The Seven Fears stand for the seven lives of the adventurous Babour Horn, the young hero of Laurent Maréchaux’s first novel, largely autobiographical, whose journey through life unfolds like a parable of the fall of Western values. His journey begins in a Madrid arena, with a brief attempt to become a torero. After a painful stay in the Parisian jails, his hasty wedding is wrecked by his activities with the local mafia of Genoa. Babour’s gangster career is quickly interrupted by a formative experience in the forests of North America, where other delusions await him. Hungry for a new cause to embrace, he ends up in the Afghan desert, like a modern Rimbaud, where he witnesses the prelude to what will burst into an international conflict. His return to civilization is marked by a new start in a Babylonian Paris, where he embraces the lifestyle of a depraved advertising executive, until boredom eventually leads him to the redemptory waters of the Pacific Ocean.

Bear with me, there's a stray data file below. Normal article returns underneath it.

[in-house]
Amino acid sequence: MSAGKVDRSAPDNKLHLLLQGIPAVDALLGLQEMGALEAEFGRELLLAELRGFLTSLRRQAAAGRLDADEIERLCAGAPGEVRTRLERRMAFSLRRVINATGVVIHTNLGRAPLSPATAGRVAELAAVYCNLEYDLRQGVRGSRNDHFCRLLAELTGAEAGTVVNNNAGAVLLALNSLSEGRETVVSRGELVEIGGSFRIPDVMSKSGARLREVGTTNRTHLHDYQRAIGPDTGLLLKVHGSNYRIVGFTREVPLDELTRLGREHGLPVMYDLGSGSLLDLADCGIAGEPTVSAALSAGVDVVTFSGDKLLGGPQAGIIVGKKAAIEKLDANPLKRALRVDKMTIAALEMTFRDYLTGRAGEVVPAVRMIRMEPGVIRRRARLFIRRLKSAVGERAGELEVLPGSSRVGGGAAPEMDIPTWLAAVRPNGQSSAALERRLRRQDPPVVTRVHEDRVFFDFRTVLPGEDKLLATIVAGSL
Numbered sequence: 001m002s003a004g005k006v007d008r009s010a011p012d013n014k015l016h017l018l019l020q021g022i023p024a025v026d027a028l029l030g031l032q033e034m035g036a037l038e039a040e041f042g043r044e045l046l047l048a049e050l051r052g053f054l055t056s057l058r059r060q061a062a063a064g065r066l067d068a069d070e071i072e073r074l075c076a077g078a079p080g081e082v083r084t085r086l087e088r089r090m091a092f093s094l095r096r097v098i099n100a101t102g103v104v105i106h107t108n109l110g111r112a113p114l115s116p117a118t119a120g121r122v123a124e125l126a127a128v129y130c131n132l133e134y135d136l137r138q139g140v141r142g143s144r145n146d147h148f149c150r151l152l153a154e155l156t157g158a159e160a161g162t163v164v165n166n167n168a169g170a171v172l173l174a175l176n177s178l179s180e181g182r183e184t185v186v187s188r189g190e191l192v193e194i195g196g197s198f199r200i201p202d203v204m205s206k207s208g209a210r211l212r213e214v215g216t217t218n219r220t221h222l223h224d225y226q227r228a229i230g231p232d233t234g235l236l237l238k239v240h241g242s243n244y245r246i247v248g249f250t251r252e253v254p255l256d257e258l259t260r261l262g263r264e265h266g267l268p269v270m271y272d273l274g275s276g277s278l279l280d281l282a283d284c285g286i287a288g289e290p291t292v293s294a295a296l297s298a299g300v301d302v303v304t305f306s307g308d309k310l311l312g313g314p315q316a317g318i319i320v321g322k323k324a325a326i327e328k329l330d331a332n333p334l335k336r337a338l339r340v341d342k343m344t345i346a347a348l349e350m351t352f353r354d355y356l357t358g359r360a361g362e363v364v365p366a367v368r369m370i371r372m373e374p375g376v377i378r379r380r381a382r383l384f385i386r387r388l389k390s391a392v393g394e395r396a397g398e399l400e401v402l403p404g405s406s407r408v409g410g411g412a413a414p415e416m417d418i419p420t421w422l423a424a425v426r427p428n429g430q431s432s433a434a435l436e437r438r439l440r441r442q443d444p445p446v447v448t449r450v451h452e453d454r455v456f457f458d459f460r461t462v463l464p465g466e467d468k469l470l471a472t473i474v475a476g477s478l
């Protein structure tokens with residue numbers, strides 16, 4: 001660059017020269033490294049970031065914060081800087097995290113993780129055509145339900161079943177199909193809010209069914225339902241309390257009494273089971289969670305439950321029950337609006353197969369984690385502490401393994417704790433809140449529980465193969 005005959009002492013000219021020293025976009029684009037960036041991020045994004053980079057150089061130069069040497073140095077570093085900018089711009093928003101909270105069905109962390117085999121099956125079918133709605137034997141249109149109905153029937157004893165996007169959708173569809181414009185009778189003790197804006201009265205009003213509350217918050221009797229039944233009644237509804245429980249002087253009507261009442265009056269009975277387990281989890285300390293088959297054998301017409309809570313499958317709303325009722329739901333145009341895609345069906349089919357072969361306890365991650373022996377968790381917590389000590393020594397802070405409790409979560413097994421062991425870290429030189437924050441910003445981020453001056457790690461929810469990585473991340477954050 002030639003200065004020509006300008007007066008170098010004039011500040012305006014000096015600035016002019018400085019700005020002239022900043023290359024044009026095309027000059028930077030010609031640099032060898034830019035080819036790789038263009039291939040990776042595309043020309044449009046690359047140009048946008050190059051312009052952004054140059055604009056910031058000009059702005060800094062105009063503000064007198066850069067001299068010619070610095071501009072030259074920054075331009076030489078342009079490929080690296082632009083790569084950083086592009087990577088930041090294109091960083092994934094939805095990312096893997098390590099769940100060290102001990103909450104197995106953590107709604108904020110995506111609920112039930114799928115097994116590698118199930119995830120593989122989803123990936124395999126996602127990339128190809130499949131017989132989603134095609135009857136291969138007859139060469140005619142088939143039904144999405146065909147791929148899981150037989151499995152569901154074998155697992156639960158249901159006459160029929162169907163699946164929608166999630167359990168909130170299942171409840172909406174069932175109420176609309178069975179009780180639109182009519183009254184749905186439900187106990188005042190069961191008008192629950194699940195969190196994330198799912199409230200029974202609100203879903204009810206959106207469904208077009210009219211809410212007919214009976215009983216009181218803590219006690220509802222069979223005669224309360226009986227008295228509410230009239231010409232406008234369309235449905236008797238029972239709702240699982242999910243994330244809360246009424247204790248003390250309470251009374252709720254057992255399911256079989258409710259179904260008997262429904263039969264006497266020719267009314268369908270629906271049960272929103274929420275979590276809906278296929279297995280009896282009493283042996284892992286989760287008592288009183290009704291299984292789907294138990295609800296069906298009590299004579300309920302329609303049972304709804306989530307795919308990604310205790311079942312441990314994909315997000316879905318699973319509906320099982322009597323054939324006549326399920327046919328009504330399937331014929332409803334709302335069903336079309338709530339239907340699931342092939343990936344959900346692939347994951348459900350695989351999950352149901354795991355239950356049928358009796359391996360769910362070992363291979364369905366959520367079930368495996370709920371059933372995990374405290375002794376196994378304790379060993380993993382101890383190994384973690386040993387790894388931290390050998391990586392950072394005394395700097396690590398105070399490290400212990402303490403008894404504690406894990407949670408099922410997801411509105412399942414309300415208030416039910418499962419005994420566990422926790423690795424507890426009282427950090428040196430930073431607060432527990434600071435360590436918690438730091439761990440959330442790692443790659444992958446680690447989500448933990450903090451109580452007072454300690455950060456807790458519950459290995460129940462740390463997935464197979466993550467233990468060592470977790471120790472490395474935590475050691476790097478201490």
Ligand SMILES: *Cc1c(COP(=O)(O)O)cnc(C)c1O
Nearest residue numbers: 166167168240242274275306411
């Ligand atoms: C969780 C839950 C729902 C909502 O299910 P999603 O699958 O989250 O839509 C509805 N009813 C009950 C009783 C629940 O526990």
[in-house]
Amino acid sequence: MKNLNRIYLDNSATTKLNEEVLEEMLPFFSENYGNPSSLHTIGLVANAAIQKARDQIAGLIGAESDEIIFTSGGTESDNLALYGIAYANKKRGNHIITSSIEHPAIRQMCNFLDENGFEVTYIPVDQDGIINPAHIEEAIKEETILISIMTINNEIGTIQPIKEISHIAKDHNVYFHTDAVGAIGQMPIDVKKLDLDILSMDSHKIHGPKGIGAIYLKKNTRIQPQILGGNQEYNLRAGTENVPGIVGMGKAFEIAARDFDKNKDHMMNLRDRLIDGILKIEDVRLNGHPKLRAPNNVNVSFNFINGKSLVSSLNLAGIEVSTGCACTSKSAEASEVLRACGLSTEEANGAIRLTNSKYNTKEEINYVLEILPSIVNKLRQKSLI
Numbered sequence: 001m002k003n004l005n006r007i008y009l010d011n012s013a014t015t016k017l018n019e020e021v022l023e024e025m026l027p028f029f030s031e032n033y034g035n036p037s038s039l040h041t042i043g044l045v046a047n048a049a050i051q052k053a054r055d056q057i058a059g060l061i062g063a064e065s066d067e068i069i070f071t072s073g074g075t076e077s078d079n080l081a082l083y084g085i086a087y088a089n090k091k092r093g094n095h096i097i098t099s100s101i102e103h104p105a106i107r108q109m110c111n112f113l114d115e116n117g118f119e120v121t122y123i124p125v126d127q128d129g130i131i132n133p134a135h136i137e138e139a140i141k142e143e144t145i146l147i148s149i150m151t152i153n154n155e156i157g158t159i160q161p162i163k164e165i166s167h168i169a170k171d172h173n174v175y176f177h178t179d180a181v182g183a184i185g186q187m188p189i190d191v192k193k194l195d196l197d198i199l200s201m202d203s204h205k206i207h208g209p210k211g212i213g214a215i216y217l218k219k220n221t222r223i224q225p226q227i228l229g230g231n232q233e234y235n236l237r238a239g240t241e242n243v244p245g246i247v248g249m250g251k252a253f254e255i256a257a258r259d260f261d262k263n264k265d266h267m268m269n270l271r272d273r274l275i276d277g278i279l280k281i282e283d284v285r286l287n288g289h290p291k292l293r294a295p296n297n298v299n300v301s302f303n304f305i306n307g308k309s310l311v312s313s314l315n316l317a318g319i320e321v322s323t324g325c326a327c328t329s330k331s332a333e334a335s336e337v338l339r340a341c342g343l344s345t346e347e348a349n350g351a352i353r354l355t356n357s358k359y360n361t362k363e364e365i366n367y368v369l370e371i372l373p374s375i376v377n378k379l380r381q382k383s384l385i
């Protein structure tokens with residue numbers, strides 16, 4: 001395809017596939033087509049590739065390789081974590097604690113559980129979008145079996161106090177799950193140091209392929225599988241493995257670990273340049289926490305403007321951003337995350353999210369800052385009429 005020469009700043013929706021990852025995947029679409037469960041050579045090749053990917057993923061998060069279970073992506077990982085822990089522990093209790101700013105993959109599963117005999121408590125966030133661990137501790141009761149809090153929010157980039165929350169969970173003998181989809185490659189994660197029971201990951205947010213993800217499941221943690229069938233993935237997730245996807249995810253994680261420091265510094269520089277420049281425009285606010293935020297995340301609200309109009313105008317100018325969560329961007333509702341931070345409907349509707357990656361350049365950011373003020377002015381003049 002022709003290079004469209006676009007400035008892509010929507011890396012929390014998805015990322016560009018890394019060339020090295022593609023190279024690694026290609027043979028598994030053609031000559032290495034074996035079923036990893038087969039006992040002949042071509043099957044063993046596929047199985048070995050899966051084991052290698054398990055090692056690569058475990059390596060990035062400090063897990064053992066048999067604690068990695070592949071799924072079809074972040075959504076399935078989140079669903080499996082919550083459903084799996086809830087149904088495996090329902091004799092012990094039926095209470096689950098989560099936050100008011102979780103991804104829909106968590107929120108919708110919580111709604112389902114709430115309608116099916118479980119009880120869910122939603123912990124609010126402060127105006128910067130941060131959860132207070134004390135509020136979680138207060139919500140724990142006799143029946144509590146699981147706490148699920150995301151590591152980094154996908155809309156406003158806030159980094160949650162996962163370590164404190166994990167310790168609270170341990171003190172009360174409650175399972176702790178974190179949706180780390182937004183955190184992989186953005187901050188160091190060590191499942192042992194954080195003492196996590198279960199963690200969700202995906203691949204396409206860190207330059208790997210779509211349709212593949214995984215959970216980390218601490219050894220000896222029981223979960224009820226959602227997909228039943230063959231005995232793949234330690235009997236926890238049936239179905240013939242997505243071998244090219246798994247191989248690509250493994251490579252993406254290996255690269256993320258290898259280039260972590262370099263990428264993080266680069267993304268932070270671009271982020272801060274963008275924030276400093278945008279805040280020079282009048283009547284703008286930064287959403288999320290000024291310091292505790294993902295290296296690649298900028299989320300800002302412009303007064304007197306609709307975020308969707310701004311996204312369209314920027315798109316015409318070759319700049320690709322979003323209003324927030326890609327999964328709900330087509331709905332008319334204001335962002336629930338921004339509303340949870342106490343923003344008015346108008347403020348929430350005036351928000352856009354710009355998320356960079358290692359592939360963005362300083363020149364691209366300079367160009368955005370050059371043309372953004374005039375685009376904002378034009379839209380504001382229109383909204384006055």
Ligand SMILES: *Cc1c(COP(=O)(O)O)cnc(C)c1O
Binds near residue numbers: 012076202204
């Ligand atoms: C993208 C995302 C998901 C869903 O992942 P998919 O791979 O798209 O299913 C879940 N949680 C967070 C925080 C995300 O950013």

A coming-of-age tale, The Seven Fears is above all the story of a struggle, where the hero’s greatest challenge is to remain faithful to his ideals.